That now, was clear to Rosalind. Everything was done for a reason. Now to find the reason for her death as she was lead to the pyre. A muted crowd watched as she was tied to the steak and more wood was piled up around her.
    The flames licked and danced around her, spreading and growing, crackling and spitting. Soon, a wall of fire ate away at her as smoke drifted up and carried on the wind.
    The wound on John’s arm sent him into a fever. From his bed he smelt burning, could see the smoke swirl up high. He cried out as the pain in his arm spread throughout his body, until too weak to even moan. As life ebbed away, a breeze rolled over him, whispers surrounded him. The voice of Rosalind echoed in the air, her sweet voice, gentle laugh. “I am free,” she sang, “free to roam wherever the wind takes me, where you can’t harm me.”
    “Rosalind,” said the hoarse voice of John. “What have you done?”
    “You were right about sealing my fate John. My fate was to be free from you forever and to free the people from you.” Stillness and silence enveloped John as the breeze, the wind and Rosalind left him to die alone.


  4. Autumn in August

    Lime keys spiralling down from the autumn sky.

    Autumn. Hear that, Lady Vagabond? Time to stir your stumps.

    But even the old formula can’t lift my sour mood, can’t bring even the fleeting pretence of a smile. I only find myself wondering when I learnt to wish my life away so fast. It must have seemed harmless enough to find a hint of spring in the first defiant daffodil shoots to break through January’s snow, and I know it was always the lift that I needed to find the promise of summer in May’s abundant blossom. But to see autumn in August, when the lemon-gold lime keys turn brittle and bronze and float down on the breeze, that’s a step too far. Where will I find winter in October, I wonder, and where will winter find me?

    Where will winter find me? That’s the heart of it. I don’t want to go, though I’ve nothing to stay for, and I know that it’s only the going itself I want to avoid. If I could wake in a new town, a new life … it seemed as easy as that, once, but now I am old. Yes, I’m old, but when the old words float back: stir your stumps, Lady Vagabond, I’m a child again. A child clinging to the remnants of the night’s warmth beneath the heavy eiderdown, though I know that real warmth and good food await me, though disturbing the covers has already let in the chill, though my bladder is adding its own demands. Ice on the window and I don’t wanna go.

    Lady Vagabond? Not wanting to go? I can hear my mother’s amusement, and I wonder again, did she really glimpse something restless in my soul when she bestowed that nickname, or did the name create this roaming, restless soul? It hardly matters. I’ve walked away a dozen times – run, sometimes – but I’ve always believed I was going somewhere. Is it age that’s making wonder if I’ve always been running, even when I’ve sauntered away with a song in my heart? Or is it just the grey day, the weather colluding with the lime keys to make autumn in August, is it only this that has tainted my mood?

    Kick the leaves and curse the weather, Lady Vagabond. Make your plans.

    There’s a little drift of bronze in the gutter. There’s a hint of a breeze to clear the sky, a glimmer of sun, bright bronze lime keys spiralling out of the powder blue of an August dawn, and at last I can find the old easy smile. Maybe it has all been only a warning. Autumn in August, and the lease runs to October. Time to plan this time, time to make the next run a run for home.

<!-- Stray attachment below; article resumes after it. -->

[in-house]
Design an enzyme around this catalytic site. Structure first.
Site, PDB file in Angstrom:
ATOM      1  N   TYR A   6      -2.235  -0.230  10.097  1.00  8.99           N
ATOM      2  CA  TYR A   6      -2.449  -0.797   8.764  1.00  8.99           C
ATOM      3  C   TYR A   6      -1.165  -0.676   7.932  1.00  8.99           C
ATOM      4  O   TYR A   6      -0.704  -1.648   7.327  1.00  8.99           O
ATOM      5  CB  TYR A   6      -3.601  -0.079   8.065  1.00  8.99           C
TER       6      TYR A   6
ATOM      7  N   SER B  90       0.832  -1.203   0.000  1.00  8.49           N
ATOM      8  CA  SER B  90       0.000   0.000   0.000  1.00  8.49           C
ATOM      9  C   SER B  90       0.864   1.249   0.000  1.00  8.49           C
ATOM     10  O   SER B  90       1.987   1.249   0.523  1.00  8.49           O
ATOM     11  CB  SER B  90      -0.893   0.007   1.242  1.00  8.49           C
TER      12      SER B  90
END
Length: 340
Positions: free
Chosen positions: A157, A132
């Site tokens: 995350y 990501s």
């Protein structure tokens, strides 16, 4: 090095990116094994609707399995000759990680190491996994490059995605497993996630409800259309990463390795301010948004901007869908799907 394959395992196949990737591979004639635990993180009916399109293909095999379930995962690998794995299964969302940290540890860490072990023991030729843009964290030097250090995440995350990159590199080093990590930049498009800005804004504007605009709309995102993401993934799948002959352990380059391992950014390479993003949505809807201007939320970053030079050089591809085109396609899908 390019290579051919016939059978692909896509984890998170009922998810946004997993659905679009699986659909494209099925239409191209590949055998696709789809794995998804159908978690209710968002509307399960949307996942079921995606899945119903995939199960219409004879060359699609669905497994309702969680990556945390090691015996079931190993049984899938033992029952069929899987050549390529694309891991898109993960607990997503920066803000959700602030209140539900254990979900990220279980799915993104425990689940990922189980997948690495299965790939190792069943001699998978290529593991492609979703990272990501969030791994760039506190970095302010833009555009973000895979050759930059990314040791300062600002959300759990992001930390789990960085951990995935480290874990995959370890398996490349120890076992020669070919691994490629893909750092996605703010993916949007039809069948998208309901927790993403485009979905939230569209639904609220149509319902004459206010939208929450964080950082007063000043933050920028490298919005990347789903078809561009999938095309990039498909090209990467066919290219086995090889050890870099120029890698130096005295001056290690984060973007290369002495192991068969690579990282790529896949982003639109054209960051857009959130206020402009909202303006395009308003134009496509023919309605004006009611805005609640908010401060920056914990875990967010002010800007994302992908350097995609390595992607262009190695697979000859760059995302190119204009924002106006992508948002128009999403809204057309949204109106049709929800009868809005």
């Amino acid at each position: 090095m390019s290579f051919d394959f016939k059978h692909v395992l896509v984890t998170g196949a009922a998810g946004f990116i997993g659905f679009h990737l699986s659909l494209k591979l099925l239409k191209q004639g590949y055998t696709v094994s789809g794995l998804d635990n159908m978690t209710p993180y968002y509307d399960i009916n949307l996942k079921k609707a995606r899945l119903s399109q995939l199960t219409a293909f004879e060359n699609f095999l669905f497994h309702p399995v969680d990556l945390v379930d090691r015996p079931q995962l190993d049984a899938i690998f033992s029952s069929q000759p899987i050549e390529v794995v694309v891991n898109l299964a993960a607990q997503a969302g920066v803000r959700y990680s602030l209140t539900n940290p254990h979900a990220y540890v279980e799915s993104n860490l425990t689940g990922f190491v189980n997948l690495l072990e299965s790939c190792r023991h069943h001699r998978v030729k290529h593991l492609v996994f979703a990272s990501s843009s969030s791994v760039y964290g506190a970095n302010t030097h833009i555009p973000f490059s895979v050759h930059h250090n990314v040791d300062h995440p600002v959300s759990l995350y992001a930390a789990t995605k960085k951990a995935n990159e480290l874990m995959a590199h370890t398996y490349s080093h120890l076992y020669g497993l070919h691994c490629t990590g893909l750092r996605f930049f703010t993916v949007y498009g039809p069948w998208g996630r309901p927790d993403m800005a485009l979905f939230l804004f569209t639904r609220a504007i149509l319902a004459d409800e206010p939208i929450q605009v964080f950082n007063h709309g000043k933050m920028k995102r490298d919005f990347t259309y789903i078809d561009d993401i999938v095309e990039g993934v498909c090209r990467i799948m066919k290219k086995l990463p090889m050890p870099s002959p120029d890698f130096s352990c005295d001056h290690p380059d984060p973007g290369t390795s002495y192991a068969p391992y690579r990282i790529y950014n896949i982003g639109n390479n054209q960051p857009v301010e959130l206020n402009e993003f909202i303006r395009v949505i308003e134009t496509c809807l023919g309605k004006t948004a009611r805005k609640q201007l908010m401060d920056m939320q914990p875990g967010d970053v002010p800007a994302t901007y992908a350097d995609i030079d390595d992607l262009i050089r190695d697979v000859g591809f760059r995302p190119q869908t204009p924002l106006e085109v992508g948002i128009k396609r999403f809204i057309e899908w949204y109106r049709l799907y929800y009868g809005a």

Wherever that might be.



  5. In The Wind

    Never stay anywhere longer than three weeks.

    That’s the first thing my mama taught me.

    Not how to tie my shoes.
    Not how to brush my teeth.
    Not how to sing my ABCs.

    Avoid detection. That what was uppermost in her mind at all times.

    Don’t stay too long.
    Don’t get caught.
    Don’t squeal.

    I remember trying to get clarification on the matter.

    “Mama, are you telling me to lie?”

    “No, girl. Just don’t tell the truth.”

    And there you have it: don’t tell the truth.

    Means one thing when you’re nine.

    “I didn’t take your stupid cat’s eye marble so shut up or I’ll kick you.”

    Another when you’re sixteen. Especially when coupled with fluttering eyelashes and red lipstick.

    “Come on. Do I look like I’m underage to you, handsome?”

    And finally, right about the twenty-five year stretch, you hit your groove and it means what it means when you need it to mean something.

    “No baby, I’m not on the pill. You’re gonna need a raincoat.”

    “Sure I did, boss. Put the deposit in the night drop, just like I do every night.”

    “Officer! I resent your implication that I’m soliciting anything other than these lovely flowers.”

    Don’t tell the truth.

    That’s my stock and trade.

    Even now, when I might want to cooperate, might have a reason to cooperate, a very
    handsome motivation to cooperate, I can’t do it.




    That’s what I do. That’s who I am. I laugh at honesty. Pity virtue. Spit on social mores.

    Don’t tell the truth. Blend in. Fade out. Move on.

    And sure, take a little love when you can get it. But don’t give it. Never give it.

    Always keep the car in working order.

    Always keep emergency cash stashed in your bra.

    Always keep your suitcase packed.

    And don’t stay anywhere longer than three weeks.

    If you don’t listen to another word I say, don’t stay anywhere longer than three weeks.

    325 words / @bullishink